The Singleton Hypothesis Suggests Humanity's Possible Future
What are the odds of an existential risk befalling humanity?
That's the question being studied by Nick Bostrom, a professor of Philosophy, and director of the Future of Humanity Institute at Oxford University. In an attempt to explore this question, he has proposed the singleton hypothesis.
The singleton hypothesis supposes that, at some point in the future, a global government could form based on a world government, a super-intelligent machine, or a dictatorship – and that it might be impossible to overthrow. From national territories to technology and taxation, this 'singleton' would control everything, and no other power in the world would be able to challenge its supremacy.
The singleton could be composed of a group of powerful politicians, an artificial intelligence-based machine, a resourceful corporate entity, or even a power-hungry dictator with a strong army at their disposal. Moreover, the outcomes of a singleton formation can be positive, negative, or even neutral, so there are several different possibilities. A singleton may either provide a positive form of stability to the world, or an authoritarian regime in which everyone was constantly being watched and no one was safe.
Why singleton may overtake the world
Bostrom argues that situations could arise in which there could be broad support for either a technology, like an AI or a single government agency to take control of global society. Examples of such events include wars, pandemics, a failure of infrastructure caused by cyberattacks, technological dominance, or trade conflicts. The League of Nations, and then the UN – formed after World War I and II respectively – can be considered examples of limited forms of singletons created in response to world events. When such events happen, Professor Bostrom argues that human society tends to move towards a higher level of societal organization.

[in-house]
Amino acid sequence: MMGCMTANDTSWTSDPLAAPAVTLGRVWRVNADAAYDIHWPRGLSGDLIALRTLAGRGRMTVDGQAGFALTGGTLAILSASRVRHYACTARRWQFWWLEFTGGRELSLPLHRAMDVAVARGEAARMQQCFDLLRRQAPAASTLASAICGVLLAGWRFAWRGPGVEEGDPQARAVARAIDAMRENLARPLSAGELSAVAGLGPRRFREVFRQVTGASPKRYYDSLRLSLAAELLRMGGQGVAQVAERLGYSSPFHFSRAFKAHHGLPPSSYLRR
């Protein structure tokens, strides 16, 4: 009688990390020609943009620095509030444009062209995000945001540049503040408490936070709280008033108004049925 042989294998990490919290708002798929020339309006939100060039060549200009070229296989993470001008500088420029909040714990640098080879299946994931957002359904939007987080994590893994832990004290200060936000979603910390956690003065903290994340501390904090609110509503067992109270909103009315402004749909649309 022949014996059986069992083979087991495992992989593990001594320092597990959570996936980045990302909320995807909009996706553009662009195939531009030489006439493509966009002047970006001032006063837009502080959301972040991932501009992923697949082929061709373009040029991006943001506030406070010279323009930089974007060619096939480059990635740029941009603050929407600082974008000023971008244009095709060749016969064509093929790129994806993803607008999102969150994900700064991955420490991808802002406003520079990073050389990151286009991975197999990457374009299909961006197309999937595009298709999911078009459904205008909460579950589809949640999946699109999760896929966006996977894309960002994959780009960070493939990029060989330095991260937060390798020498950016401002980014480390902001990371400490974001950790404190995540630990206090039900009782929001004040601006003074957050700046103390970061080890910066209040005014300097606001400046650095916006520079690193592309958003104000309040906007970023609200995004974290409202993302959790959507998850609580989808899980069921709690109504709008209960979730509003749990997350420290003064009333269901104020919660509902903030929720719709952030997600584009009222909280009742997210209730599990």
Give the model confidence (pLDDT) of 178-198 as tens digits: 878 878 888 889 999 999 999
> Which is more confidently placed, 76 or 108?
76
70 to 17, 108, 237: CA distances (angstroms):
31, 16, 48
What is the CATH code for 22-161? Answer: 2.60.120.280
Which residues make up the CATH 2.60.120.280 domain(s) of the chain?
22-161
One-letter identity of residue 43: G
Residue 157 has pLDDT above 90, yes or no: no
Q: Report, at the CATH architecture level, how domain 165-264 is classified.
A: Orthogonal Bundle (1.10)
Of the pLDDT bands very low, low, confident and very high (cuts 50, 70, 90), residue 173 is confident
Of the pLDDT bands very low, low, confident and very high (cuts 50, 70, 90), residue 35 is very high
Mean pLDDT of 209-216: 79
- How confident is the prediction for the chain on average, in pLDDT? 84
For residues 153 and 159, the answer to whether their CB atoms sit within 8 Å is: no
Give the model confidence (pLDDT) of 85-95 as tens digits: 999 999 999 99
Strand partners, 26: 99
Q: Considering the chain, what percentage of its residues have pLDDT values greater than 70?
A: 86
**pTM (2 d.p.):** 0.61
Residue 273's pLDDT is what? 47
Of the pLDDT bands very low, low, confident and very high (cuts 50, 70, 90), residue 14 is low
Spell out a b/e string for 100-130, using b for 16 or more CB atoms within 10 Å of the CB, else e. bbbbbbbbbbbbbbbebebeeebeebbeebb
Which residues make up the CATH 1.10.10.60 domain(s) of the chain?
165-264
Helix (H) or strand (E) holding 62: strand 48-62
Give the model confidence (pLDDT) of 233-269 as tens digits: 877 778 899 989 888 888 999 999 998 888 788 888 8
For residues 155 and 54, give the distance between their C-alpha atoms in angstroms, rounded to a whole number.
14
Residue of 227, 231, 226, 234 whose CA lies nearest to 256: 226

There was a time when humans lived as hunter-gatherers, then coalesced into different communities, cities, states, religions, and countries, and now we live in a globalized world. A singleton could be the next stage of our societal development where, instead of different superpowers, we might see the rise of a super-intelligent agency with unbridled access to knowledge (or data), modern technologies (nanotechnology, artificial intelligence, internet, etc), and military power that functions as a single world government.
However, Bostrom also believes that the idea of a singleton is not just limited to the formation of a world government, but there are other possibilities as well, for instance, different influential communities and advanced cultures after realizing a common goal or vision (such as world peace, capitalism, socialism, etc.) may come together to dethrone the existing powers and form a singleton.
Technology capable of affecting security levels in a society is also believed to play an important role in singleton formation. For example, surveillance and communications systems recording human activity on a large scale could allow a particular group, government or organization to further influence or even manipulate human behavior. The access to such technologies might not only increase the dominance of a particular agency in society but also make it almost impossible for any other agencies to compete with it.
“Many singletons could co-exist in the universe if they were dispersed at sufficient distances to be out of causal contact with one another.”
Nick Bostrom, Director, Future of Humanity Institute
In his hypothesis, Bostrom suggests that there can be more than one singleton in the universe, but the condition is that singletons should never be able to make contact with each other. For example, if an agency has established a single world government on earth but there is a different agency leading a society on Mars, then the ruling powers on both Earth and Mars will not be considered singletons. However, in case the other agency is operating on a planet in some other solar system that is out of the reach of earth’s world government then both are functioning as singleton in their respective regions.
How a singleton can make the world a better place